SAN ANTONIO - A local school that teaches survival skills reached out to help those hurt by Hurricane Harvey.
Volunteers with The Human Path school made the herbal remedies they will use in free medical clinics at the coast this weekend.
Last week, volunteers with the school delivered supplies of food, pet food, cleaning supplies and personal items. They also provided free herbal medicine to clinics in Houston.
This week, they made medicines for relief in the Rockport area.
Maria Turvin, an herbalist at the school, said plant medicine sustained humans for generations and is still valuable today because it is easily accessible. And the ancient wisdom about how to use the resource is available as well.
“There's an art, a craft, to medicine making,” Turvin said. “We spend a lot of time studying all about this, how the plant medicine works with our bodies and the best solvents to extract the medicines with.”
"A lot of people don't realize, 'Oh, I've got medicine in my backyard,'" Turvin said.
“You can use the flowers or the bark. The bark is really astringent," Turvin said while sorting collections of preserved Desert Willow flowers from her own property. "The flowers are really good for pulmonary or anything respiratory.”
Many people in storm damaged areas are facing a variety of health threats, as well as a lot of extra stress, according to Turvin.
Contamination and physical trauma from heavy lifting and cleaning are common.
“And then they're exposed to toxins from the water and from the mold in their house, so they have compromised immunity, making it a lot easier for them to get sick," Turvin said.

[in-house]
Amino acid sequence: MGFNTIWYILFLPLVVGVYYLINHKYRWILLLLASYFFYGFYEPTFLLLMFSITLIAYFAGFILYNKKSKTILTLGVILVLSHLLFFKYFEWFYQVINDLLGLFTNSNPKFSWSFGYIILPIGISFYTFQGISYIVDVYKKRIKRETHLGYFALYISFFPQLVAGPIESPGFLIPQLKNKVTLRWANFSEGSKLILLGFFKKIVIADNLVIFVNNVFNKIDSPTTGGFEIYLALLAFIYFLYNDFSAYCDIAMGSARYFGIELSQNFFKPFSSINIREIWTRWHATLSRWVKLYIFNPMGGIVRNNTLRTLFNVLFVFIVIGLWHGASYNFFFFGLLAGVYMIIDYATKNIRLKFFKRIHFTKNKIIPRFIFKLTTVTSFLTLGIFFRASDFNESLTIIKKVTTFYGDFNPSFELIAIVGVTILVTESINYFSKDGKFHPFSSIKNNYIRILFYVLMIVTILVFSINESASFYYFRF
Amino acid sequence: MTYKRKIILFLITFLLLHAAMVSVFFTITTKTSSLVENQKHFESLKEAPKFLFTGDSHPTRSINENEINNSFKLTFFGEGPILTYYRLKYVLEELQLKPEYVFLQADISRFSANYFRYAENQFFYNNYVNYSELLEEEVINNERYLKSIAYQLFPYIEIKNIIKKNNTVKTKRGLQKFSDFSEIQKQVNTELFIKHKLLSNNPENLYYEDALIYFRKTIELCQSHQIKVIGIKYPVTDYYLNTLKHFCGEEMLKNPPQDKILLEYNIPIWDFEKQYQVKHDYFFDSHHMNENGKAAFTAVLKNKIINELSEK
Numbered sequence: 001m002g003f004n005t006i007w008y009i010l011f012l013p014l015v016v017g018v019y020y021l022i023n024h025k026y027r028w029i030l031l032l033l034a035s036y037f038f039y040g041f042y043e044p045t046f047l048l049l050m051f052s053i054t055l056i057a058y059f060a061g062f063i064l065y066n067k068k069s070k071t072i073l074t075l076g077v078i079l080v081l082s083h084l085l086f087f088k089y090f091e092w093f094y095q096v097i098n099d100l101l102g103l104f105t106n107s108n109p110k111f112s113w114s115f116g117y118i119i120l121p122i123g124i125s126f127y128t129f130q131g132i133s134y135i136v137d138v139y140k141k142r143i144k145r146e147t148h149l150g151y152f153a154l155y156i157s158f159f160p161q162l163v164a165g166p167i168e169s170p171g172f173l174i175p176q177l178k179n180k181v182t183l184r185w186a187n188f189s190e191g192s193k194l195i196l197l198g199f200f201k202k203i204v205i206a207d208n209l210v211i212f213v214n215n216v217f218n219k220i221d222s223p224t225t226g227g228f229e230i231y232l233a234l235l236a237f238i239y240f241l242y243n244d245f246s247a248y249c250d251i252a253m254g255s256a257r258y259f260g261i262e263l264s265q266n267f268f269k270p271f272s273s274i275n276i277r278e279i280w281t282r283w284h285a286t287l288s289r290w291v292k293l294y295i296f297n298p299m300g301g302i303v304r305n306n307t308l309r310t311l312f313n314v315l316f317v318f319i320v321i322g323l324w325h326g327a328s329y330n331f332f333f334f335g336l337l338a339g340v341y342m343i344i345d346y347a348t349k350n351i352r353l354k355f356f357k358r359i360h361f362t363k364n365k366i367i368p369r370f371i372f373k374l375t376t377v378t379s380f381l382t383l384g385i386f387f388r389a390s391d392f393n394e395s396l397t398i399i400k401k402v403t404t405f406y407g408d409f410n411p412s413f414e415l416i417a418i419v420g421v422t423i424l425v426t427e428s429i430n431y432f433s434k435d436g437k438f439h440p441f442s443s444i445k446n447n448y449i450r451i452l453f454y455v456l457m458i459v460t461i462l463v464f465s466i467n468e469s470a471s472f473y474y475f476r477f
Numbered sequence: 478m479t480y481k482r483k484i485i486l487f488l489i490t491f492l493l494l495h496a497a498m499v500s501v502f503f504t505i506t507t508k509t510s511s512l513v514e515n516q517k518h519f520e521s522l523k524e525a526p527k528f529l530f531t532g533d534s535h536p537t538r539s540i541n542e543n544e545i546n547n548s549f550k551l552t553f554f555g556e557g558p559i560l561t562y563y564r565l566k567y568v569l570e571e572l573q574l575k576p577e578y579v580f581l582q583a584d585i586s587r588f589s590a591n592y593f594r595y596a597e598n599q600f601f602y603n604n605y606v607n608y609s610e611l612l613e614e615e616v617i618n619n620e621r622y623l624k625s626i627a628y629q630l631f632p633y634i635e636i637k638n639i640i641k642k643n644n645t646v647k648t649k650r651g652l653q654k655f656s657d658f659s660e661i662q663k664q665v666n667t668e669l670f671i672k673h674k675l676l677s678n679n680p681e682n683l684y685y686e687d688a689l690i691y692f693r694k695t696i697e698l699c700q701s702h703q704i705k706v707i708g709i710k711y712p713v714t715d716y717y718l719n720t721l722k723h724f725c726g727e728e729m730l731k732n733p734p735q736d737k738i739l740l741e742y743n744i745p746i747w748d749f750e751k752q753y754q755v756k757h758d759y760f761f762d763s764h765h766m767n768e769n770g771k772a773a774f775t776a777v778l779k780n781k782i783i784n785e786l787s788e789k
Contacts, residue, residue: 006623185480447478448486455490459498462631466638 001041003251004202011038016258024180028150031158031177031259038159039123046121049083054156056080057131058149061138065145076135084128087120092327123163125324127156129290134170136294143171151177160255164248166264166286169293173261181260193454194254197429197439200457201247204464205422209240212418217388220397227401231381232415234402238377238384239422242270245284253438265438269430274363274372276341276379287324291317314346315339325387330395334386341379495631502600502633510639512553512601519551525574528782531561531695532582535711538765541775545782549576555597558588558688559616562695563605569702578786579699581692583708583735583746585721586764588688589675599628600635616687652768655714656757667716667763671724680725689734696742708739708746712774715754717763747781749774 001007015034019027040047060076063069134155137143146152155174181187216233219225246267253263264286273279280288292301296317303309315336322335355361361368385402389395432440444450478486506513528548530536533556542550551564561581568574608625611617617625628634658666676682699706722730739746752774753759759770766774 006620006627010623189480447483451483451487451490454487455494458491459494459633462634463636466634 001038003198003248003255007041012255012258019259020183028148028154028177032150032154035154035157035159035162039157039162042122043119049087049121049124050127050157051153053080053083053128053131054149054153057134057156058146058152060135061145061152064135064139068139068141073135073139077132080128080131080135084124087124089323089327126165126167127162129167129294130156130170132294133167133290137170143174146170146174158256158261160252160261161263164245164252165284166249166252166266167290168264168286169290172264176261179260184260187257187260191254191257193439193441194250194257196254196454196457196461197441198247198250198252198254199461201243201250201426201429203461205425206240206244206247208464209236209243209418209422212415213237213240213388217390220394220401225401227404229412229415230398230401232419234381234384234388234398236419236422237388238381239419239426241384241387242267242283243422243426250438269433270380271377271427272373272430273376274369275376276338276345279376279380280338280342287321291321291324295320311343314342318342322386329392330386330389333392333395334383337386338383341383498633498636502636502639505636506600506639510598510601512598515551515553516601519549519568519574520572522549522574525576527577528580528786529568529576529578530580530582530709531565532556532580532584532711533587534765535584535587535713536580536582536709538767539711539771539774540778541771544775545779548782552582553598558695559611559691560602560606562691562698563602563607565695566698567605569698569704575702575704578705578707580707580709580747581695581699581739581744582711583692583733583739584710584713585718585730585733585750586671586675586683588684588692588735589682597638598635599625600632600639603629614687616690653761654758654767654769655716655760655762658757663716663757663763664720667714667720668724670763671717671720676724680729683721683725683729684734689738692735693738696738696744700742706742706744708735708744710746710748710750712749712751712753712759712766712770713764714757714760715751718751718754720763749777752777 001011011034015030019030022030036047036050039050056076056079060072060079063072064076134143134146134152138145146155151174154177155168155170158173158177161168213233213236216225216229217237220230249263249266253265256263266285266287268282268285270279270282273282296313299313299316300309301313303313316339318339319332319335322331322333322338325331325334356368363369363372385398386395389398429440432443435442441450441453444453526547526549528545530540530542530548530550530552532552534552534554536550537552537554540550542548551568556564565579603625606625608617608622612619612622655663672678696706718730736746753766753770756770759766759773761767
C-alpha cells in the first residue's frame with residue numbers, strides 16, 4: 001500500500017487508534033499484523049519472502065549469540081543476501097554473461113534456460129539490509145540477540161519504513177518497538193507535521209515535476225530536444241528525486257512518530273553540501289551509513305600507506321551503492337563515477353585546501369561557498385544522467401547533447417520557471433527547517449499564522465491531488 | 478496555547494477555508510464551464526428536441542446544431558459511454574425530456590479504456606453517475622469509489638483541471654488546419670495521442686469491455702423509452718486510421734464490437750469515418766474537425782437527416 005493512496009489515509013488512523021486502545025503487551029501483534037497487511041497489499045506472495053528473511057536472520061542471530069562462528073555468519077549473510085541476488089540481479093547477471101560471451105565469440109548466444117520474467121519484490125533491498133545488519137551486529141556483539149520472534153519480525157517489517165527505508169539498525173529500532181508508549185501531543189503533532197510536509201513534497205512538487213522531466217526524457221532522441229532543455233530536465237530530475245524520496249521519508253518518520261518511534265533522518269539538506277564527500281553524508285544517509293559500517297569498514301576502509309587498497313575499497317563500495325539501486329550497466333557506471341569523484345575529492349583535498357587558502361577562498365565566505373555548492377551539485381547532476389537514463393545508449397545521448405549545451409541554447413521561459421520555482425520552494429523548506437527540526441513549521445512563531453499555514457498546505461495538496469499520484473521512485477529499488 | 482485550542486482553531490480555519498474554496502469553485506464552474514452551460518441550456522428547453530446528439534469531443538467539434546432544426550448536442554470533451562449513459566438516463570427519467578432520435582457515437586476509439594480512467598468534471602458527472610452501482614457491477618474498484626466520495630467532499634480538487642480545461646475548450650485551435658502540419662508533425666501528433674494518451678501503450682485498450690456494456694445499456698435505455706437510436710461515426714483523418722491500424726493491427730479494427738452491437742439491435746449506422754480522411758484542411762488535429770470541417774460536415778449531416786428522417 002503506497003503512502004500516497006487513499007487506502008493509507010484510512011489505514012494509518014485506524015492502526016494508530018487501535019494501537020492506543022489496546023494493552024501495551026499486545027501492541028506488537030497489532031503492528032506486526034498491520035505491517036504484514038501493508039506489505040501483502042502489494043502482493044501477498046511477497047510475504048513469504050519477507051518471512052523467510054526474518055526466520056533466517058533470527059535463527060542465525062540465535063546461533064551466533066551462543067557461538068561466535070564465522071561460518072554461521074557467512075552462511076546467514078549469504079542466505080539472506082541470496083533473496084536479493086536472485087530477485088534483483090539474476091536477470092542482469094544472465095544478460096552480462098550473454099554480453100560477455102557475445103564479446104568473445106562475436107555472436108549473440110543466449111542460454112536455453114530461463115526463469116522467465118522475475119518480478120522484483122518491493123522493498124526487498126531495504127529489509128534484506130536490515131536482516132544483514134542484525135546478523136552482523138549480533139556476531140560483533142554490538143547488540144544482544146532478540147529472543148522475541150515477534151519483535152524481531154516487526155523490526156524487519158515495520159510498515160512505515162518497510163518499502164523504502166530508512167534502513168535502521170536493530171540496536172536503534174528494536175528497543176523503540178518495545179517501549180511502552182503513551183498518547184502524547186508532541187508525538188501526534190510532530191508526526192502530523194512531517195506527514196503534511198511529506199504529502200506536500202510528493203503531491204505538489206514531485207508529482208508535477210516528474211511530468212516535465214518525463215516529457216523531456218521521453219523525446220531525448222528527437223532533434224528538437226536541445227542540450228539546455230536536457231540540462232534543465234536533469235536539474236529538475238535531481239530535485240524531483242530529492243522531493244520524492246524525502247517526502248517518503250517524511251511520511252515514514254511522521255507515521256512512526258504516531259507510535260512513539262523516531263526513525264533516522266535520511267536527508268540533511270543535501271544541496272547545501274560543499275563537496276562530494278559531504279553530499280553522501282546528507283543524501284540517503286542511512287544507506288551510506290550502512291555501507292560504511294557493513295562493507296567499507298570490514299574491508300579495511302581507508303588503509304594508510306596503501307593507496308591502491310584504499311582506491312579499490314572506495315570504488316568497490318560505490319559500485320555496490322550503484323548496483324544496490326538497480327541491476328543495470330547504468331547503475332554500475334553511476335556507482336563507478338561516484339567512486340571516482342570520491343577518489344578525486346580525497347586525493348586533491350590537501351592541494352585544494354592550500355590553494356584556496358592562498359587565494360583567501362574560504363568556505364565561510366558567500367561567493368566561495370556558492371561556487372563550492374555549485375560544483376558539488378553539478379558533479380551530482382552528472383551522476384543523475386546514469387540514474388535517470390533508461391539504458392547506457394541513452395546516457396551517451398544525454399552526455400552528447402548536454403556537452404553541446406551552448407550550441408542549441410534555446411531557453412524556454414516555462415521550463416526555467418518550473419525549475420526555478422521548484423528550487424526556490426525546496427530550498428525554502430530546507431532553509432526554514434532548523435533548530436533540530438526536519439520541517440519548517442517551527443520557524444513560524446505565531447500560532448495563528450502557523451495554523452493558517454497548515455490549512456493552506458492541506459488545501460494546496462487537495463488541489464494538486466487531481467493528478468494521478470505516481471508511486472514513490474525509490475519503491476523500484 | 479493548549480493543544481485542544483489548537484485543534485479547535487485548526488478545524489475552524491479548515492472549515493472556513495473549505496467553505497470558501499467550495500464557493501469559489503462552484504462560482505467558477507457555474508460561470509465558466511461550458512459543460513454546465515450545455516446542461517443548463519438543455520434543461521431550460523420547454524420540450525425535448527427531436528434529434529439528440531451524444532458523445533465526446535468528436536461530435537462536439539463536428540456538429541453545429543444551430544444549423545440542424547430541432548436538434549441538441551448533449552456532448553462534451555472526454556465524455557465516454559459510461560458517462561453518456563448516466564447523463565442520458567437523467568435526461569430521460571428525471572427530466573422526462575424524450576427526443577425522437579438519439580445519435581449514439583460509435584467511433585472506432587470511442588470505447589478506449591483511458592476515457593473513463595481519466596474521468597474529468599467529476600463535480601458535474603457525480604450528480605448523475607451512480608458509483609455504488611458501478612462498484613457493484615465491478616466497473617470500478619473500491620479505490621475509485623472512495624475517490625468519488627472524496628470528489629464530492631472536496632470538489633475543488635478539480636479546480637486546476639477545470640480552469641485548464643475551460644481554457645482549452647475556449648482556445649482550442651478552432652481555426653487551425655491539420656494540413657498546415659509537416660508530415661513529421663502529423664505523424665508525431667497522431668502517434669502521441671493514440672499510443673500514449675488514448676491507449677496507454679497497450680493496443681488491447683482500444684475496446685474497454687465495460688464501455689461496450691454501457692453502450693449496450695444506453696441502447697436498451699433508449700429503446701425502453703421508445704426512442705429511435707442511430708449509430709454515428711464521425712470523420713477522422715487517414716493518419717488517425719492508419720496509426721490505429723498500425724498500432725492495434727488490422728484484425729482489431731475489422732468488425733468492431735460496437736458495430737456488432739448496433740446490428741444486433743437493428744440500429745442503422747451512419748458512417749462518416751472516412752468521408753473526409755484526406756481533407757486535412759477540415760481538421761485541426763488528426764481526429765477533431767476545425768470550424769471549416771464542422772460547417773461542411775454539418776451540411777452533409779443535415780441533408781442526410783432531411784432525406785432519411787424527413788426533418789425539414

They are preparing many kinds of nervines.
“A nervine is an herb that supports the nervous system. It nourishes them so they are better able to cope and adapt to stress.” Turvin said.
Student Gordon Schultz said he moved to the San Antonio area specifically to attend the Human Path school. In addition to hurricane relief, he previously helped with the group’s effort to provide medical care during the Standing Rock conflict over the installation of a pipeline in North Dakota.
“So much is crazy right now, not to mention the political mess," Schultz said. "I mean, I think these skills are incredibly valuable now and will only become increasingly valuable as time goes on.”
Schultz said the lessons, and helping others, are essential whether there is a disaster underway or not.
“It's good to add a few things to your bag of tricks and we do wilderness survival, off-grid engineering and we’ve built a bunch of water filtration systems, so we can just catch rain water and drink it,” Schultz said.
The group also plans on running clinics in the San Antonio area next week for storm victims, immigrants and others who need assistance.
“We're already able to help people because people are in dire need of help anywhere you go,” Schultz said.
“I started studying herbalism seven years ago and I have studied with many different teachers," Student Nicole Parry said. "I love emergency medicine and I was really inspired by what I learned to work with in Standing Rock for two months.”
"It feels really good like I actually did something," Parry said.
Thomas Bryant came to the school as a student. He said he has taken many courses and now teaches some of them.
"If you're able to help yourself, you're less of a drain on the resources other people need as well and you can assist those in need," Bryant said.
“I do think these skills are more important than ever,” Bryant said. “I've learned more than I can believe and I'm looking to retire in a few years and do more volunteering and teaching.”
The Human Path school has online and in-person classes at their campus in North Bexar County.
They are also running an online fundraising campaign to raise money to support their hurricane relief efforts and local clinics.
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